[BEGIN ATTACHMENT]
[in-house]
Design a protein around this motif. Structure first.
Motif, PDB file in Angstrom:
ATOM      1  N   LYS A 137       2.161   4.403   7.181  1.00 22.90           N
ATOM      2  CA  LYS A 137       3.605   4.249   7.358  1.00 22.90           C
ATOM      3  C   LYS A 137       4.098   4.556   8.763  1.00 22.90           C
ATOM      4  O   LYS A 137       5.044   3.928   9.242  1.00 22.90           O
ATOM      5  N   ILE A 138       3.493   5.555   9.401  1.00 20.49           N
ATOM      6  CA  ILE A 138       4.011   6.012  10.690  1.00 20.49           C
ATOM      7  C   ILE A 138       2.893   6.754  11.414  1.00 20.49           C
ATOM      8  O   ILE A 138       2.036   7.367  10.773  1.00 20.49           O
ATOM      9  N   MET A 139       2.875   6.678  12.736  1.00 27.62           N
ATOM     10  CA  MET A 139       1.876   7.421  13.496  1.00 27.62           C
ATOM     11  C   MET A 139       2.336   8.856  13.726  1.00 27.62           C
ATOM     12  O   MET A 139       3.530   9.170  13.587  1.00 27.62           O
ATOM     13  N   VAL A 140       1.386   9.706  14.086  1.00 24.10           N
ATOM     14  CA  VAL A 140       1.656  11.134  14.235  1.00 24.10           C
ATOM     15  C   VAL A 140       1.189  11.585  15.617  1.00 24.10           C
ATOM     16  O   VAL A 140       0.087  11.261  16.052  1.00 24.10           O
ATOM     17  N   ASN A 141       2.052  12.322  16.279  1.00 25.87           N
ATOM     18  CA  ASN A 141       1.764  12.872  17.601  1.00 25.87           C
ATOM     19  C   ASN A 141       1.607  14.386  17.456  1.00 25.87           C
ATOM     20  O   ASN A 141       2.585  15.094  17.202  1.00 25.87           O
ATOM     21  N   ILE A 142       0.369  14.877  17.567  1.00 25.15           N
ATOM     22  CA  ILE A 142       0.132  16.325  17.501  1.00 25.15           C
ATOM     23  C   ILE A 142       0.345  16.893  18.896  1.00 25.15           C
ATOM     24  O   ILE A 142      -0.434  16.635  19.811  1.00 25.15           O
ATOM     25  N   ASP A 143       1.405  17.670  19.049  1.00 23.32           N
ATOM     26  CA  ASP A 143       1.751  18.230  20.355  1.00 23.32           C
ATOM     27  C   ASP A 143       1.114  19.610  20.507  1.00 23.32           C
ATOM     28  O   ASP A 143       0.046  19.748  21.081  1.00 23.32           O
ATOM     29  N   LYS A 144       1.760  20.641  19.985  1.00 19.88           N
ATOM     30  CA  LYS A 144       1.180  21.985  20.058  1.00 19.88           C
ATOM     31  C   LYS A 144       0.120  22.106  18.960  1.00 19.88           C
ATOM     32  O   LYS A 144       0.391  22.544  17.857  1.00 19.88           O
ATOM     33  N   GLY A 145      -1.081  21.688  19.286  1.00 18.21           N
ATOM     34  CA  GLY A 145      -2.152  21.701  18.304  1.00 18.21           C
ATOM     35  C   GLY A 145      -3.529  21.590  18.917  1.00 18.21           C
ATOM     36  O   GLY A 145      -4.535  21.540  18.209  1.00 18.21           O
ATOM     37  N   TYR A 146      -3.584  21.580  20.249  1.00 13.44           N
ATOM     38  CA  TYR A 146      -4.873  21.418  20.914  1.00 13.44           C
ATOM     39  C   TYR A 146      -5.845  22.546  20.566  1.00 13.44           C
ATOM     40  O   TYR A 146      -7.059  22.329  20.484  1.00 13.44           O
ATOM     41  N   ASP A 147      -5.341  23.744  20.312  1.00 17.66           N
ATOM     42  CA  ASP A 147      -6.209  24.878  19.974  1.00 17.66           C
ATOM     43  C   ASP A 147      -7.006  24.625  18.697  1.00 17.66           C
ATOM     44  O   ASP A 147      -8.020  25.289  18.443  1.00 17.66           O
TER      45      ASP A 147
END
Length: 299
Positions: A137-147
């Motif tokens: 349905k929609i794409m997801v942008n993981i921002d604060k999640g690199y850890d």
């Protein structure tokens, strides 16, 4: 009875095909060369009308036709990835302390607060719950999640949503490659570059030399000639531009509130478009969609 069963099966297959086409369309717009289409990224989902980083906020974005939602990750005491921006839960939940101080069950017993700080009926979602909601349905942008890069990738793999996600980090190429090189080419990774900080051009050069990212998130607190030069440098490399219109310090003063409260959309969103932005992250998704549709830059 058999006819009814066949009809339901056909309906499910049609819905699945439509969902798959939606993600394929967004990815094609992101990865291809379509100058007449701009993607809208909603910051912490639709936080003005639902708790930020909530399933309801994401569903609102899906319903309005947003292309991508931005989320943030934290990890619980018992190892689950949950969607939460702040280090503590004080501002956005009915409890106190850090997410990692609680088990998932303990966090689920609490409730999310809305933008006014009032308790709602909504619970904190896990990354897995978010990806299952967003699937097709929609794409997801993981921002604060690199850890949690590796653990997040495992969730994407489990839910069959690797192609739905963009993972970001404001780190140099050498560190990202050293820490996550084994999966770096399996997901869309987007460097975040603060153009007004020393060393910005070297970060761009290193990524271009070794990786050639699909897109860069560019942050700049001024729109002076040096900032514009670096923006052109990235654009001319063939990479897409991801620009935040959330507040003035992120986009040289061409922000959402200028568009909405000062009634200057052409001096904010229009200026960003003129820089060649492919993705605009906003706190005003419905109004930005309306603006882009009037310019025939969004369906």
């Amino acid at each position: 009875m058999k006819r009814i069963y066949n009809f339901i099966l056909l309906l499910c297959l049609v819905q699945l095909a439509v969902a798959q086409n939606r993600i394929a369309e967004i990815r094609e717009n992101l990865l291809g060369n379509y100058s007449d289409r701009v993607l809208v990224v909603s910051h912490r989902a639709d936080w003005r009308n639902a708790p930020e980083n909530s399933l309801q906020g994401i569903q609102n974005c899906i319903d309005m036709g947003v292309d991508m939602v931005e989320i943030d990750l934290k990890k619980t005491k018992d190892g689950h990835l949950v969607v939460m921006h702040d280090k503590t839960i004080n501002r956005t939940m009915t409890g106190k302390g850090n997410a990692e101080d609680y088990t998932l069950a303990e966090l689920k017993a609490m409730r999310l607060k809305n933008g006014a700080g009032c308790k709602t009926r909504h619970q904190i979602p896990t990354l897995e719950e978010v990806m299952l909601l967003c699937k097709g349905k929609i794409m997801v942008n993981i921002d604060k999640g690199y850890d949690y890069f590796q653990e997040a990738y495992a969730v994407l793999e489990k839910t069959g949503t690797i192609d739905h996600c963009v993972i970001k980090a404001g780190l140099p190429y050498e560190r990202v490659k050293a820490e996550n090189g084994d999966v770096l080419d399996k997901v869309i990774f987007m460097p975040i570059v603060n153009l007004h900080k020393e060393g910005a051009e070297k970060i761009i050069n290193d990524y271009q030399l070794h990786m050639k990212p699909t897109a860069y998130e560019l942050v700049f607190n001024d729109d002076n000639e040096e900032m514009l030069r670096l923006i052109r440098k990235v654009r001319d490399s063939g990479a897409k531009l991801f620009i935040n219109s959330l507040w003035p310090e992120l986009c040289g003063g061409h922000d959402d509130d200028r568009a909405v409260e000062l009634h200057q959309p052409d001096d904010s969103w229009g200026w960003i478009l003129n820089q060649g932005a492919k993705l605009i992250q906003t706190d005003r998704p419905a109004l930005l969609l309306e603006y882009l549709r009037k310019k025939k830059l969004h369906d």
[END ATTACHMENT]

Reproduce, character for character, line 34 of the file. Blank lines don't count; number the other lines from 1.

ATOM     31  C   LYS A 144       0.120  22.106  18.960  1.00 19.88           C